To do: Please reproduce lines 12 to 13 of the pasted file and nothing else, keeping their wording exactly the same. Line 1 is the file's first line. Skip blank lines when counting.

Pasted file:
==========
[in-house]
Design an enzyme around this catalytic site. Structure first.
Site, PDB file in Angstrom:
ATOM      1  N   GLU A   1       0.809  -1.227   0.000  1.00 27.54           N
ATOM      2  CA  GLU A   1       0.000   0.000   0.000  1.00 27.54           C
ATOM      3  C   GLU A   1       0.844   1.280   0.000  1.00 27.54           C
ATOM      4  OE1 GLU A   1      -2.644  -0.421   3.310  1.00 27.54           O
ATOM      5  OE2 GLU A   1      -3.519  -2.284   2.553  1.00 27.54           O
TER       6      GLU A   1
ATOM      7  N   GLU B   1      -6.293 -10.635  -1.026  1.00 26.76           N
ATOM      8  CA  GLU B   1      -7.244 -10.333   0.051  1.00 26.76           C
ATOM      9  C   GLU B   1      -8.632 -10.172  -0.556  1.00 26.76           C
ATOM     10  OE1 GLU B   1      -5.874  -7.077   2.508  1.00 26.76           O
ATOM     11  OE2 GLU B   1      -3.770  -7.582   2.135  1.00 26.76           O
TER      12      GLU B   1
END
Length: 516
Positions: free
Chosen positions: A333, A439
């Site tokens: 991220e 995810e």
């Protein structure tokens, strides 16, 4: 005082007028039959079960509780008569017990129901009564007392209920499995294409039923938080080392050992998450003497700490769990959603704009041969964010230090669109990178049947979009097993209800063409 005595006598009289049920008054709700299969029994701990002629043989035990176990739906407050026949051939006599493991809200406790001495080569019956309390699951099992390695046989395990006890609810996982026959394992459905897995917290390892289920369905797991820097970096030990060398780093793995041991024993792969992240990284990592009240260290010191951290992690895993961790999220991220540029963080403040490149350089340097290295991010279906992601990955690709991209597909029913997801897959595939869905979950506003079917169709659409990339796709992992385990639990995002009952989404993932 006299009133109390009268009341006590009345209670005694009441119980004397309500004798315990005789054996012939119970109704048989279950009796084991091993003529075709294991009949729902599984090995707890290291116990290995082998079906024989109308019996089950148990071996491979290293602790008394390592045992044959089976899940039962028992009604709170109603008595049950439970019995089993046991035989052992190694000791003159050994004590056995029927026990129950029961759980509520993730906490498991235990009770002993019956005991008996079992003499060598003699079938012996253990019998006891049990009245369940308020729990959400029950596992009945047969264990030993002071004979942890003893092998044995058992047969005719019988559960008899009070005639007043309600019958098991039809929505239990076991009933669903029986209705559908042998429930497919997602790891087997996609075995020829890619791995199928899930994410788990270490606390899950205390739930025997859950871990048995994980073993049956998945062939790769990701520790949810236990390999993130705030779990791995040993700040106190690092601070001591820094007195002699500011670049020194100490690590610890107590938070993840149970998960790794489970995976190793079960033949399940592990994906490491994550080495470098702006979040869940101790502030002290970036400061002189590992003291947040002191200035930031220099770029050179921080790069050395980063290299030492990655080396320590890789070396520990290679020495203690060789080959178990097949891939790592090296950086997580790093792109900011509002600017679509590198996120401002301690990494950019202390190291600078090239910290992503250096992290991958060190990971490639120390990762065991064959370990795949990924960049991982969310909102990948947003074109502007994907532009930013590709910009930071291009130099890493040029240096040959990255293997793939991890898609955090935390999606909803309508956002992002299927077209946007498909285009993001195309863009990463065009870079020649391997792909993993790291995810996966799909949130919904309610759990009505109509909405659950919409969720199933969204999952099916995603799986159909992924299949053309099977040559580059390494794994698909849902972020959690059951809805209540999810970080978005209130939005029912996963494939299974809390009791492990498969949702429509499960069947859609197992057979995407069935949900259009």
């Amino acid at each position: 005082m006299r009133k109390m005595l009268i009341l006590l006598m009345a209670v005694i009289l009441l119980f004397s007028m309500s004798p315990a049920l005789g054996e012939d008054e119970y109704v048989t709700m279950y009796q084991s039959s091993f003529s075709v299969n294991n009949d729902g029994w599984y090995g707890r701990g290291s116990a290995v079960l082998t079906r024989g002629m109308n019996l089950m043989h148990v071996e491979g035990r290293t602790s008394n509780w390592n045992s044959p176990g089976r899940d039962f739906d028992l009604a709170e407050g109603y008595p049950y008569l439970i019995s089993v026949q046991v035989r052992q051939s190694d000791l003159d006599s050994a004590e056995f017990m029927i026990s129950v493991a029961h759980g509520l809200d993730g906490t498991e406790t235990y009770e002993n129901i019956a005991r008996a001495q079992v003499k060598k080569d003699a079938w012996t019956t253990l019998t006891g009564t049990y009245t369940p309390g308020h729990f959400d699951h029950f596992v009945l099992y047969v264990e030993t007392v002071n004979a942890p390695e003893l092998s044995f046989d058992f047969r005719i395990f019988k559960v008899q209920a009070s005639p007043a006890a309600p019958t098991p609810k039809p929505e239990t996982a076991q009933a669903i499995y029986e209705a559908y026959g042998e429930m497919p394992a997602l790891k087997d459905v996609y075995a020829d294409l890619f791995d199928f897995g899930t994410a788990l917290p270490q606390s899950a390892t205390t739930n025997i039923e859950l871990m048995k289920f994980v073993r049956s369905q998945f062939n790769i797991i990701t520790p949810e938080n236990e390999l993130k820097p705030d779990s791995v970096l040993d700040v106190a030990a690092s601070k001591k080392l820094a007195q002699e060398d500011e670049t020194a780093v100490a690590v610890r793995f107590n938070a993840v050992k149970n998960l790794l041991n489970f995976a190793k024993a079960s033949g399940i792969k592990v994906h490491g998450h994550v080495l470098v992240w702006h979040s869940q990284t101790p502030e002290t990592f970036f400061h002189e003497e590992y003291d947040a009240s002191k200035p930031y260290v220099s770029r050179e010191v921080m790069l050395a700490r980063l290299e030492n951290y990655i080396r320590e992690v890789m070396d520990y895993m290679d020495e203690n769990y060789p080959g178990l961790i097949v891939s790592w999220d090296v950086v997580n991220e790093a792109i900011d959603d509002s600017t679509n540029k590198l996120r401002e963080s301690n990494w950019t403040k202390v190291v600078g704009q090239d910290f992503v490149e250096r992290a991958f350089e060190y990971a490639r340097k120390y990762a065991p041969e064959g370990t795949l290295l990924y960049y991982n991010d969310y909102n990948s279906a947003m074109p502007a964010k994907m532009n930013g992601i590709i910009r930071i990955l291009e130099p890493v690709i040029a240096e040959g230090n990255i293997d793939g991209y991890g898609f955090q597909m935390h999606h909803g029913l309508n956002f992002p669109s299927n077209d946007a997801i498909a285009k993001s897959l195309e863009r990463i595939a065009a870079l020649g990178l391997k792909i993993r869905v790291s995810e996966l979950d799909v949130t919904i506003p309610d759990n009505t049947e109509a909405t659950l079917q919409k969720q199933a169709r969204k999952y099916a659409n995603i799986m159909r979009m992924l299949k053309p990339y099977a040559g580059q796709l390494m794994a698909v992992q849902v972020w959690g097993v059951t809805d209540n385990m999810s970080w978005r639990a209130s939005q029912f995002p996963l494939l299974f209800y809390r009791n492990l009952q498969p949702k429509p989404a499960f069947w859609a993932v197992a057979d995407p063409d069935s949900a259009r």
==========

ATOM      9  C   GLU B   1      -8.632 -10.172  -0.556  1.00 26.76           C
ATOM     10  OE1 GLU B   1      -5.874  -7.077   2.508  1.00 26.76           O